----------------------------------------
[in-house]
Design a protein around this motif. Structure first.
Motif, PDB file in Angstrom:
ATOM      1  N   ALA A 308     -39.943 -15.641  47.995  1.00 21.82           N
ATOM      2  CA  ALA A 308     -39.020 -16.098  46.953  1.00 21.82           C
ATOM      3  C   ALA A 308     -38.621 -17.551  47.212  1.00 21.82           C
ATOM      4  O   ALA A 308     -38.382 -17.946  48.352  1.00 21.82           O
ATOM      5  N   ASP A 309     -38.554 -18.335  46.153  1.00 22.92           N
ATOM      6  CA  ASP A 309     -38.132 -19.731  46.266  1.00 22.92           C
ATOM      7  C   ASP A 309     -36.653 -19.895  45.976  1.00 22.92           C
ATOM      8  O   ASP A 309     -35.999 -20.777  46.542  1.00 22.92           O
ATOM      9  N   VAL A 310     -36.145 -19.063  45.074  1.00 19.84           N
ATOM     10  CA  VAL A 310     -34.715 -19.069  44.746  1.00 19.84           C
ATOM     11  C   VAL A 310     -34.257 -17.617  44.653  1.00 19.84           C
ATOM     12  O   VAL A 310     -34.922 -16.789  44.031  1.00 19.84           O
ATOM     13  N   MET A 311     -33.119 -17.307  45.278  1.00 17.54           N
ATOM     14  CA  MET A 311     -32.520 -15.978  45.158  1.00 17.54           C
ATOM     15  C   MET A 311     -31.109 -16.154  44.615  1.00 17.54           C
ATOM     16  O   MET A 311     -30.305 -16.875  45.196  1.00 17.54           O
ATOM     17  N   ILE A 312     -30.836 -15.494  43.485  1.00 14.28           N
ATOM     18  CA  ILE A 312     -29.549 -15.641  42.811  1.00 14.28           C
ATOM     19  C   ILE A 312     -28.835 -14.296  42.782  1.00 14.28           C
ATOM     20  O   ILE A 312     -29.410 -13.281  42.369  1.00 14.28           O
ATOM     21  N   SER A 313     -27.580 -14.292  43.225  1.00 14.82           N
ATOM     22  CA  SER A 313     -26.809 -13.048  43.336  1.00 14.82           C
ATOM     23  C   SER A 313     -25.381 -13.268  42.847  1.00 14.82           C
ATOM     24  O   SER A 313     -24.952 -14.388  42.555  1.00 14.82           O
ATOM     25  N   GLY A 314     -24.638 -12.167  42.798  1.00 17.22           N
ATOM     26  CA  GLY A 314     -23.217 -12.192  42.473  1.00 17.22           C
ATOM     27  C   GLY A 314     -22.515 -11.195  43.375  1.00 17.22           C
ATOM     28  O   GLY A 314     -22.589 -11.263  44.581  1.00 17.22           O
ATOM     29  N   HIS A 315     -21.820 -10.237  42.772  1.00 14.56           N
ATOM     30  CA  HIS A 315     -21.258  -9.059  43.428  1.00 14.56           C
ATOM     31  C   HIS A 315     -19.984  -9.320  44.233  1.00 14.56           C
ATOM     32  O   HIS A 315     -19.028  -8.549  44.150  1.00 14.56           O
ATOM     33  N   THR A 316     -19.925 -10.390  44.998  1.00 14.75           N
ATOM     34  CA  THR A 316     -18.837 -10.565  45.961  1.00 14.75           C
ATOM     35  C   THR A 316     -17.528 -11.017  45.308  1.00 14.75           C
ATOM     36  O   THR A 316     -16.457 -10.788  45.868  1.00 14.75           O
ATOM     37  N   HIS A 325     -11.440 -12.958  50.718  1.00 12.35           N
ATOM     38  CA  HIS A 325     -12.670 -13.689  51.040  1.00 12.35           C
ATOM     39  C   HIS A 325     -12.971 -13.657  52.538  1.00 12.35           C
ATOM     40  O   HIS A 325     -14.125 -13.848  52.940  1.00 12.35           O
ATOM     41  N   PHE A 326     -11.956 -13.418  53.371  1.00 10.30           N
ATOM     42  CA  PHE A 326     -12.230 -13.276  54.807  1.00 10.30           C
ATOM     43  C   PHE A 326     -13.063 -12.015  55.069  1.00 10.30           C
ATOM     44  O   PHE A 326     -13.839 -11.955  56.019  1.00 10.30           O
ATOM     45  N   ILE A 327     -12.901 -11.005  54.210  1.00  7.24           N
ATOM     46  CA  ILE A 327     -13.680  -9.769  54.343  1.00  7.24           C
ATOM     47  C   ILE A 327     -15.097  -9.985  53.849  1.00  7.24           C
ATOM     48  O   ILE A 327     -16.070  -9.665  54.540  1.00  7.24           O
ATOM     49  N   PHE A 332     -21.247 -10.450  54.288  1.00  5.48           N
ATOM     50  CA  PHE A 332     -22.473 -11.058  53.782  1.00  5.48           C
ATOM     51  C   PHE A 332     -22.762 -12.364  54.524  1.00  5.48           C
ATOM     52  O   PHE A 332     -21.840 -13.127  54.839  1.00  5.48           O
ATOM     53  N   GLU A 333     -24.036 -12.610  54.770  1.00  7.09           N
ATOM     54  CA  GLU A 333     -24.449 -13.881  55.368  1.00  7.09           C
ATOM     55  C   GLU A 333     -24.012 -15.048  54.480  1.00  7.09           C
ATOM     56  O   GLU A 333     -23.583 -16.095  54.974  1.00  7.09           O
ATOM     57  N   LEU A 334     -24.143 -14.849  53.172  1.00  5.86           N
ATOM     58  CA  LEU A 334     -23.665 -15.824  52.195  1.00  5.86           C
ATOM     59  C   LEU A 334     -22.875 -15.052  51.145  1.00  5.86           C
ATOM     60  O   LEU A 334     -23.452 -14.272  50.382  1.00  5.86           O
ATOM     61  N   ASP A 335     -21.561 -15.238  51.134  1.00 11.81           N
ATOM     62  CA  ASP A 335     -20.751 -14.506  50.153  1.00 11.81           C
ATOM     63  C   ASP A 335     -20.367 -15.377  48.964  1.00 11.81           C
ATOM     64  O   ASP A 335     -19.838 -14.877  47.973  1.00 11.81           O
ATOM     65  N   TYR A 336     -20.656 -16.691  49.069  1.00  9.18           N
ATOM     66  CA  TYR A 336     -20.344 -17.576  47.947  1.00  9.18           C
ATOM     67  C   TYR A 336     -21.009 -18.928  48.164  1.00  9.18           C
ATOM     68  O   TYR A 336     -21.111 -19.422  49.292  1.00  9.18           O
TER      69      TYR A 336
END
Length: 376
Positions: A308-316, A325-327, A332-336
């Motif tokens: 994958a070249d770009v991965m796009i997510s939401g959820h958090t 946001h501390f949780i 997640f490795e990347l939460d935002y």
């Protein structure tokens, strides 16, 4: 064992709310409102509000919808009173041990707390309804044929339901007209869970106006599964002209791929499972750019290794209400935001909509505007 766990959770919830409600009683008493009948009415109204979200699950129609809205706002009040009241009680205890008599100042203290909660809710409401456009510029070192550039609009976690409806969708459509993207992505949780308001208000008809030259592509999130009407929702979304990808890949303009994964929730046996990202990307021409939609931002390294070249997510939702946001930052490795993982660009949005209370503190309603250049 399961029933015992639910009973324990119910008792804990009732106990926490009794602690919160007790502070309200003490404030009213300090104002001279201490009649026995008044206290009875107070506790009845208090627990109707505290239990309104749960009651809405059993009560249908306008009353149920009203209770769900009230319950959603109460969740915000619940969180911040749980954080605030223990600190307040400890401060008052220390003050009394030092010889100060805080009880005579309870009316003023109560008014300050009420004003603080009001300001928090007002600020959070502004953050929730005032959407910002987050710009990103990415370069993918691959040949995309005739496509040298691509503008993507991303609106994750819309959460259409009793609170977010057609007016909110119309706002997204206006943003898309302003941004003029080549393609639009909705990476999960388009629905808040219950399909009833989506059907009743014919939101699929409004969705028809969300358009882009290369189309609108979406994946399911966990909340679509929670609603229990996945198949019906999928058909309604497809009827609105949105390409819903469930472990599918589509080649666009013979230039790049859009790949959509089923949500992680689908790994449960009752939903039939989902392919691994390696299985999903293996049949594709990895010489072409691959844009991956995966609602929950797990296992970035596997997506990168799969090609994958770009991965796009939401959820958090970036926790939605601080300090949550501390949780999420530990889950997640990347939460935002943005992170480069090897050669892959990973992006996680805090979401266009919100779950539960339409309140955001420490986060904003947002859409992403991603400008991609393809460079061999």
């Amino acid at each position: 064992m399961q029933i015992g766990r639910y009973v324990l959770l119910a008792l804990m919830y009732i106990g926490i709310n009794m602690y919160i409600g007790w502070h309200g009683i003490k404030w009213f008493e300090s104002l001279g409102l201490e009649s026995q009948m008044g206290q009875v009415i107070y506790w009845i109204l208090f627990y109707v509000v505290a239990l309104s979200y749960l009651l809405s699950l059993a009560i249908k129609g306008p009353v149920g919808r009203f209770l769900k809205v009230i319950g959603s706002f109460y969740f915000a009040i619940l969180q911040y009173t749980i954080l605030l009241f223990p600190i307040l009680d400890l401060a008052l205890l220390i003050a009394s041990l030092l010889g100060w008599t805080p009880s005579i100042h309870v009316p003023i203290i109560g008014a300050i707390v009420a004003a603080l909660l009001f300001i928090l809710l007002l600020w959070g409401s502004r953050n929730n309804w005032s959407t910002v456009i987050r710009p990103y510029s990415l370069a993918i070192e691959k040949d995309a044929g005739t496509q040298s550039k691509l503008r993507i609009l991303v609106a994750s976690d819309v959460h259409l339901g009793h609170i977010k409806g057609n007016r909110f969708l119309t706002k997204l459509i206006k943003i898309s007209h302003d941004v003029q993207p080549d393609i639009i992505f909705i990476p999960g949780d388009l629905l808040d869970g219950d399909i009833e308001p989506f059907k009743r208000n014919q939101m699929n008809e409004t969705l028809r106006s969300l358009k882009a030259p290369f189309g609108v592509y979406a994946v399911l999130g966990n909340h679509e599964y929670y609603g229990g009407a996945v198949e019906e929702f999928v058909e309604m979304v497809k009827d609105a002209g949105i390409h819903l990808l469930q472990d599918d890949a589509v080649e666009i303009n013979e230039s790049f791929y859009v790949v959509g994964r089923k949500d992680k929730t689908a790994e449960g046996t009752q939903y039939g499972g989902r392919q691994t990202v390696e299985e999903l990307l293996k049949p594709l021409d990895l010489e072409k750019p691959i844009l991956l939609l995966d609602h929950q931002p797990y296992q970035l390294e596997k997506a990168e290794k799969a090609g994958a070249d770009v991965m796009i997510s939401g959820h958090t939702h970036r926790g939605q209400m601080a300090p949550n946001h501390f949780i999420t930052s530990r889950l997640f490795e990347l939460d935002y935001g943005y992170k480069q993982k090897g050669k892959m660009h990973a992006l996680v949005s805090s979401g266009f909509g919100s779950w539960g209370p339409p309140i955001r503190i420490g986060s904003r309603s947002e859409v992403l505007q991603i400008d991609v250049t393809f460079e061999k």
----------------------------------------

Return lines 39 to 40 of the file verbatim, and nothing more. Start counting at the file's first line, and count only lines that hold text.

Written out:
ATOM     36  O   THR A 316     -16.457 -10.788  45.868  1.00 14.75           O
ATOM     37  N   HIS A 325     -11.440 -12.958  50.718  1.00 12.35           N